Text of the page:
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Duck of the Month - Blue-winged Teal

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(Anas discors)

Blue-winged teal begin returning to many states as they head north in April. Out of the country since their early fall passage in September, the drakes are now dressed for success sporting their sharp breeding plumage. 

This small dabbler is known for its twisting, turning flight and for its strafing runs low over the marshes. Its small size and rapid wing beats give the illusion of high speeds.

The pale blue patches on the forewing give this lovely bird its name. It’s the third most common duck in North America, the only continent in which it breeds. Blue-winged teal are among the first ducks to migrate each fall and one off the last to head north in the spring. It migrates the longest distances of any of our ducks, wintering as far south as Peru. 

Among the last to attain its nuptial (breeding) plumage, the male blue-winged teal lacks its distinctive white facial crescent in the autumn, but regains it in late December or January. In this plumage, the male also has a steel-blue head and tan chest and sides dotted with deep brown spots.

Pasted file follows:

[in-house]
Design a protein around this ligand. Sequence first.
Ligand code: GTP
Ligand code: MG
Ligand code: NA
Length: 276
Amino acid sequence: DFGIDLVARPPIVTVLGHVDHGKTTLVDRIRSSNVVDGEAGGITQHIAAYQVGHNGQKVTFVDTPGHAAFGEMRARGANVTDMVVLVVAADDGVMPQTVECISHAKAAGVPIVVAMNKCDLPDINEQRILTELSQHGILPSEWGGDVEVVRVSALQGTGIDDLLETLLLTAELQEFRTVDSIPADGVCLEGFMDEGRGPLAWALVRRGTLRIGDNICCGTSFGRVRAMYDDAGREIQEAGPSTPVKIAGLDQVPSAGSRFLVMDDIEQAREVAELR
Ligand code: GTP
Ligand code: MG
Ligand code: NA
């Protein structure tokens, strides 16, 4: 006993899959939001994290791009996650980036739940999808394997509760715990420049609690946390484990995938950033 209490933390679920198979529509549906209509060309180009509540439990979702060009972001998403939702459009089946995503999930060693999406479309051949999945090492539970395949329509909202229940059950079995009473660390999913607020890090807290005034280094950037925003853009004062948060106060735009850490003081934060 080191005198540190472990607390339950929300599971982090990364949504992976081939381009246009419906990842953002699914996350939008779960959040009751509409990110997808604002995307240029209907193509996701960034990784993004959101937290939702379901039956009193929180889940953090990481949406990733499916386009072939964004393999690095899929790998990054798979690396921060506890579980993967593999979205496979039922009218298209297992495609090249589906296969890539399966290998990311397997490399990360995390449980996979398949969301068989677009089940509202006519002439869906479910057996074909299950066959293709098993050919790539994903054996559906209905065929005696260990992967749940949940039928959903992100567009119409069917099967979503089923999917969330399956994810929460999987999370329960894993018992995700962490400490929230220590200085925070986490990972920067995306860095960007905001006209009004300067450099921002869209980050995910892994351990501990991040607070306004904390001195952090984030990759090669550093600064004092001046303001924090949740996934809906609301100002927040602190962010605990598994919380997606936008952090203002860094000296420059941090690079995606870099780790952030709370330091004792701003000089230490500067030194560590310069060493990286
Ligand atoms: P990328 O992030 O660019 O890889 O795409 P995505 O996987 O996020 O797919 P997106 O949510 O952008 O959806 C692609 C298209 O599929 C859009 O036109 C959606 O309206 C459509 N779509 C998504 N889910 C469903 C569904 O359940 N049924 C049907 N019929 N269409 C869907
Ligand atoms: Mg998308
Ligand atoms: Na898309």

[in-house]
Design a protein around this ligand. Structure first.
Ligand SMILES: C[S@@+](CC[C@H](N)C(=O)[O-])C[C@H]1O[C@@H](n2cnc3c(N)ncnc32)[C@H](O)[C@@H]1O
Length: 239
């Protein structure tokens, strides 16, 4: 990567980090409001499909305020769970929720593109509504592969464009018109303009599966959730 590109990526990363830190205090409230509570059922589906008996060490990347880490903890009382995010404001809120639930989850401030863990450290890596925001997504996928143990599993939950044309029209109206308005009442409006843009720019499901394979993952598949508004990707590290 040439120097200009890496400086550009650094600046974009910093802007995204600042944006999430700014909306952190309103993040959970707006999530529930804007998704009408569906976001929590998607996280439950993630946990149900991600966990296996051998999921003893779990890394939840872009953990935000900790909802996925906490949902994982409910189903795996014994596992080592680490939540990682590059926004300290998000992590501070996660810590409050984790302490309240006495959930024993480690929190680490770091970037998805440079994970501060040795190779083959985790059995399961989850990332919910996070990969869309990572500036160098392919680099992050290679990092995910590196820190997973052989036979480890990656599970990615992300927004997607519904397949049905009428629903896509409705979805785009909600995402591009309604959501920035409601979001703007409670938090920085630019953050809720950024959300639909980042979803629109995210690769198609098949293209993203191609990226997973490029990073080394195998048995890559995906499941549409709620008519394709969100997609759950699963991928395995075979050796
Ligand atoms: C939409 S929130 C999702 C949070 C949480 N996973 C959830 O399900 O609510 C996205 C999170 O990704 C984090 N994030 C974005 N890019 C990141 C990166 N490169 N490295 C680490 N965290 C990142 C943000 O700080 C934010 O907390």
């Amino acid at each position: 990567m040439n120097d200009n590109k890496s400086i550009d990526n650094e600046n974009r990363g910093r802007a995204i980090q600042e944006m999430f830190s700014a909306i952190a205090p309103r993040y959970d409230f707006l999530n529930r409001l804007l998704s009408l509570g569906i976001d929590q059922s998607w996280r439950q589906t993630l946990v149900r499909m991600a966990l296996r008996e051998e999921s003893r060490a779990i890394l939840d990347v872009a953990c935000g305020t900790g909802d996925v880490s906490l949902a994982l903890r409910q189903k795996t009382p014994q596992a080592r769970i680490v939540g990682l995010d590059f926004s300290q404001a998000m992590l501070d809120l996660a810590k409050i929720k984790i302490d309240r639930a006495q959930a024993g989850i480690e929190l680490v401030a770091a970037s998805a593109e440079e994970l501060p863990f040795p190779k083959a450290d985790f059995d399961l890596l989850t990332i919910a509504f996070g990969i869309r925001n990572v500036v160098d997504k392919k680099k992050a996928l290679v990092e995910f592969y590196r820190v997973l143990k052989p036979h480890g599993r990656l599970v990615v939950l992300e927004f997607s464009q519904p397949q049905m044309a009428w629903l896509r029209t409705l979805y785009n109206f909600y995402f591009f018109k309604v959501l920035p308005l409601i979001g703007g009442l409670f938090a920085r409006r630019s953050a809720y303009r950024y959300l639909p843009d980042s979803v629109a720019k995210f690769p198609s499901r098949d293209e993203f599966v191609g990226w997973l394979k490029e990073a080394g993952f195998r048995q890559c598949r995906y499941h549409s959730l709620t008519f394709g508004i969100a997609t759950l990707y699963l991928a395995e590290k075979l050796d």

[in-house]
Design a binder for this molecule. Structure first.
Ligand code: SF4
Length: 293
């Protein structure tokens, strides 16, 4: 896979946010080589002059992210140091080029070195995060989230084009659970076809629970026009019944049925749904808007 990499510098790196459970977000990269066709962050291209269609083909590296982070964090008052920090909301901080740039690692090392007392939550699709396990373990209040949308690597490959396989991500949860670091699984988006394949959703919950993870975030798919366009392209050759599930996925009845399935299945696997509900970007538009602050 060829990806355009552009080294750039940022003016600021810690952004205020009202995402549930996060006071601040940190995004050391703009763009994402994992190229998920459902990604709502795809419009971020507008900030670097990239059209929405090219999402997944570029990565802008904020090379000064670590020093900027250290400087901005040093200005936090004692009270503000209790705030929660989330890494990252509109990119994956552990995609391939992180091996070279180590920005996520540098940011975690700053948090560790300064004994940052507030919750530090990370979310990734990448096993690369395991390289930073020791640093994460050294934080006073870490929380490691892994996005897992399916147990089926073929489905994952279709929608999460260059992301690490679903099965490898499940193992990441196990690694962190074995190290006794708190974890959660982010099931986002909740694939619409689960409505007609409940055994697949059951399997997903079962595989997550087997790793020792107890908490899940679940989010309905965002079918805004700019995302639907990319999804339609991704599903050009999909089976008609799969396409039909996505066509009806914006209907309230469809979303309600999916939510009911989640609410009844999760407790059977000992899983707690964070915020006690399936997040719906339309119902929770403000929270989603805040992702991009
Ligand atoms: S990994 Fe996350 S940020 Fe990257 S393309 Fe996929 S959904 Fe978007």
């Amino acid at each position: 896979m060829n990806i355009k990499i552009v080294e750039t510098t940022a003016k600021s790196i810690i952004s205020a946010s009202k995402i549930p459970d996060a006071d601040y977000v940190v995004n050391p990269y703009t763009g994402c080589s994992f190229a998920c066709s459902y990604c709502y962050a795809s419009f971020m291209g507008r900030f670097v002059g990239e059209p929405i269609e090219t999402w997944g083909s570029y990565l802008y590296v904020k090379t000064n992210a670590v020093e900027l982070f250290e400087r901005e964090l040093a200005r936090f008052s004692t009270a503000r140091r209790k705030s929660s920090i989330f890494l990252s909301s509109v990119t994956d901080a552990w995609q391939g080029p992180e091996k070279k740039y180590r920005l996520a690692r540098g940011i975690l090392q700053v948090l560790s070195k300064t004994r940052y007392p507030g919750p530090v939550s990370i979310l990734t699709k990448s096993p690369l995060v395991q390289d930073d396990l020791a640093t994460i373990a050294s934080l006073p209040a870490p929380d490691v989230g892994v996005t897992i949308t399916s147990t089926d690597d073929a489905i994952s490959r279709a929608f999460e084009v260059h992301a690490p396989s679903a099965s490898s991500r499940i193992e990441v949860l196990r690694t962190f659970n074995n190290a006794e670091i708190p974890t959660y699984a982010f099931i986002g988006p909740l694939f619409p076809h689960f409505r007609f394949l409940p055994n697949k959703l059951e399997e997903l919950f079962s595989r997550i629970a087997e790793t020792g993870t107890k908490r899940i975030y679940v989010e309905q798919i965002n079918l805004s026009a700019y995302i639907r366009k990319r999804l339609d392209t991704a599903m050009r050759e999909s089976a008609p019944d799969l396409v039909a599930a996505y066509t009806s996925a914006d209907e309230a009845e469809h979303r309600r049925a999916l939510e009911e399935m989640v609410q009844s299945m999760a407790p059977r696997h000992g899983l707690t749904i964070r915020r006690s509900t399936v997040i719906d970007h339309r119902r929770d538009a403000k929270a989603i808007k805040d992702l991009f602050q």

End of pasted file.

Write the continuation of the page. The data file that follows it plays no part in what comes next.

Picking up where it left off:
Females resemble other hen dabblers, though they are appreciably smaller and are virtually indistinguishable from hen cinnamon teal. Blue-winged teal have bills nearly as long as their heads. The drake’s is dark blue-black. The hen’s is gray with black spots. Their legs are pale yellow. Males have an iridescent green speculum that is separated from the blue wing shoulder with a white stripe. This stripe is lacking on the hen, and her speculum is almost black.

Blue-winged teal are more vocal than most ducks. The hen’s quacking is more rapid, high-pitched and softer than a hen mallard. The drake has a low whistle peep.

Blue-winged teal breed primarily in the grasslands of the Prairie Pothole Region and north into the Canadian parklands. They also nest in significant numbers in Minnesota, Wisconsin, Michigan, Iowa and Nebraska, and the intermountain region of the U.S. and Canadian west.

Nesting records also indicate that bluewings will nest in southern and mid-latitude states if water conditions are good. When habitat conditions are particularly good, blue-winged teal breed by the hundreds in marshes and fresh water ponds along the Gulf Coast of Louisiana and Texas. The varying response of blue-winged teal to unusual water conditions far south of their primary breeding grounds is amazing. Although some other species exhibit similar behavior, none do it to such a grand scale as the blue-winged teal.

Blue-winged teal numbers reached 5.9 million birds in 2006. This was 28 percent greater than the 2005 estimate of 4.6 million birds, and was 30 percent above the long-term average. 

Blue-winged teal breeding population estimates, 95% confidence intervals, and North American Waterfowl Management Plan population goal (dashed line) for selected species in the traditional survey area (strata 1-18, 20-50, 75-77).


 

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